Dwindling student services funding and a deeply ingrained stigma against people suffering from psychological disorders have contributed to colleges’ lack of preparedness in serving students with mental health needs. And although the recently adopted Student Success Task Force Recommendations emphasize the critical need for strengthened support services, a legislative commitment for funding of these services remains elusive. As a result, the number of grant applications is on the rise as many of us are seeking funding alternatives just to help existing programs stay afloat. However, there is good news: this year colleges will have the opportunity to apply for grant monies to strengthen mental health services on their campuses, and all 112 colleges will benefit from a statewide grant project targeting students with mental health needs.
The passage of Proposition 63, the Mental Health Services Act, (MHSA), in November 2004 provided an opportunity to transform the public mental health system in California by addressing a broad continuum of prevention, early intervention, treatment, and infrastructure support to Californians suffering from mental illness. In addition to the funding available to county mental health departments, MHSA provides resources to other state entities to enhance their capacity to support the overarching goals of MHSA and its various components. The California Community College Chancellor’s Office is one of six state agencies that received funding to support implementation of the MHSA. The MHSA components are community services and support, prevention and early intervention (PEI), workforce education and training, innovation, and capital facilities and technological needs.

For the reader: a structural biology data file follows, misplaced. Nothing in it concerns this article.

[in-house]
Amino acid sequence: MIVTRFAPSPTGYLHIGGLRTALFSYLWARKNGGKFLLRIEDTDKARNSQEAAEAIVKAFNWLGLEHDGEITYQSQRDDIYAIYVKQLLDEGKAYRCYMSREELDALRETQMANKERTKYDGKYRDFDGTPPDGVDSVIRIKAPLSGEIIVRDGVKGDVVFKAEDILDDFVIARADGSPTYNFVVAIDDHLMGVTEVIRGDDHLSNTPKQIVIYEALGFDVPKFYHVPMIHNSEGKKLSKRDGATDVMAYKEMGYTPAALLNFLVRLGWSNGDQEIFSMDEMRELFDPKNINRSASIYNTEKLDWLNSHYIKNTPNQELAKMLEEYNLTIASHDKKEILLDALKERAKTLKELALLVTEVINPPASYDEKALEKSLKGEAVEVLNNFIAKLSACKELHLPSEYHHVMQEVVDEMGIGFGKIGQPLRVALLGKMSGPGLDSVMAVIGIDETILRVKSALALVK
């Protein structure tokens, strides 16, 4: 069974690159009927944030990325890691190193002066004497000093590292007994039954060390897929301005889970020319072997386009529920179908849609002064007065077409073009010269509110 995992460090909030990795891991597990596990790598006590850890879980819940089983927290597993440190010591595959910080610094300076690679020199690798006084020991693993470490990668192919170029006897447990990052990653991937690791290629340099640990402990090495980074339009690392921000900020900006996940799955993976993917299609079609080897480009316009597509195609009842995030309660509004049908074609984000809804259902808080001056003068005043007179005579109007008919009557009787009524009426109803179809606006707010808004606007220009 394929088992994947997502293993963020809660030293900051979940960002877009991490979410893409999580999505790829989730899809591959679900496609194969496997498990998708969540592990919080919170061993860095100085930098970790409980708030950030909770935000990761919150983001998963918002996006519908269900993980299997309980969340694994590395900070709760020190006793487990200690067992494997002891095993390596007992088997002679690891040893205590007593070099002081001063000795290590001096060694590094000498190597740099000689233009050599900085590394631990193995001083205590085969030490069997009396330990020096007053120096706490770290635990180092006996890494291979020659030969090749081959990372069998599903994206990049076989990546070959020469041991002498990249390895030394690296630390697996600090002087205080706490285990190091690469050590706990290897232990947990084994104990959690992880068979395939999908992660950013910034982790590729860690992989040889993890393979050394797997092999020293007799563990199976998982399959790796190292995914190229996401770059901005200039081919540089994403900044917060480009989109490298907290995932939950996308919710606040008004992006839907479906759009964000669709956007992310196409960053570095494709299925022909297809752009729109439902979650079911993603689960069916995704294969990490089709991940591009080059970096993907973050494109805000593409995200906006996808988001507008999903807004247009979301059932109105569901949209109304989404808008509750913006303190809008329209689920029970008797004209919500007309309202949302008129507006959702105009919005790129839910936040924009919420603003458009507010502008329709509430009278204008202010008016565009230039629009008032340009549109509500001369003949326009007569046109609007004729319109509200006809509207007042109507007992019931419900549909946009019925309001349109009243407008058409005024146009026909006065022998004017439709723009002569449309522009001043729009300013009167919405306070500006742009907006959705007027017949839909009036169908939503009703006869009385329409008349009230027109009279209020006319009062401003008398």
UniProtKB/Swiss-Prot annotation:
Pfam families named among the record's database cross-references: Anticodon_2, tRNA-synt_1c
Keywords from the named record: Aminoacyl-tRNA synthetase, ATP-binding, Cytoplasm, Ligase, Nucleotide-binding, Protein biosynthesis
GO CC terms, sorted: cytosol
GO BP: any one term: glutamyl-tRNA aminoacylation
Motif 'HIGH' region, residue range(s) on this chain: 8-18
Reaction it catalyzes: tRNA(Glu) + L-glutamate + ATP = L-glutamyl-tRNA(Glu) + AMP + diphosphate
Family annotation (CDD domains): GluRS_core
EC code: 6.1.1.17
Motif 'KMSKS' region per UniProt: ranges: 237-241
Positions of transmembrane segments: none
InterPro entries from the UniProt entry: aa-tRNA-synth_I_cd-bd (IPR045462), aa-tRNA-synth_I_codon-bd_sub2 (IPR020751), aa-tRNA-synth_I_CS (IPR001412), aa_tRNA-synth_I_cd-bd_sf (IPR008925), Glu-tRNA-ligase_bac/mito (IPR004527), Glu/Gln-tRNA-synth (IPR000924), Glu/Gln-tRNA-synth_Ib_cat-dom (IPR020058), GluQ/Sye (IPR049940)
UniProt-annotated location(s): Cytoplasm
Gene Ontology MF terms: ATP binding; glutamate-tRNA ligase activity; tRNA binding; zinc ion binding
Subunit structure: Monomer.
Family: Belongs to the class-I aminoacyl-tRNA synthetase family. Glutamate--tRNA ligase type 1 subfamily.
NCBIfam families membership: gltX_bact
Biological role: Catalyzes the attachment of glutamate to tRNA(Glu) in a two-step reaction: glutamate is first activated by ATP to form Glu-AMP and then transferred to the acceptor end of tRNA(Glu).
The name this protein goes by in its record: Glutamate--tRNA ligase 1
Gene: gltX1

While counties at the local level best provide direct services, the Oversight and Accountability Commission ultimately determined that some strategic MHSA initiatives would be best implemented in a coordinated fashion statewide. To most effectively and efficiently implement these programs -- particularly the three prevention and early intervention initiatives -- six California counties formed the California Mental Health Services Authority (CalMHSA), a joint powers authority that now includes more than 40 counties representing nearly 90% of the California population.
In 2011, CalMHSA approved funding to support statewide student mental health efforts. Three Student Mental Health Initiative grants were awarded to CSU, UC, and California Community Colleges, with K-12 receiving two grants. California Community Colleges received $6.9 million and created a joint venture between the California Community Colleges Chancellor’s Office and the Foundation for California Community Colleges (FCCC) called The California Community Colleges Student Mental Health Program (CCSMHP).
Funding for the CCSMHP is from the prevention and early intervention (PEI) component of MHSA, and thus programs and strategies developed with grant monies need to reflect PEI guidelines. These guidelines are as follows:
- Community collaboration
- Cultural competence
- Client/family-driven mental health system for children, transition age youth, adults, older adults
- Family-driven system of care for children and youth
- Wellness focus, including recovery and resilience
- Integrated mental health system service experiences and interaction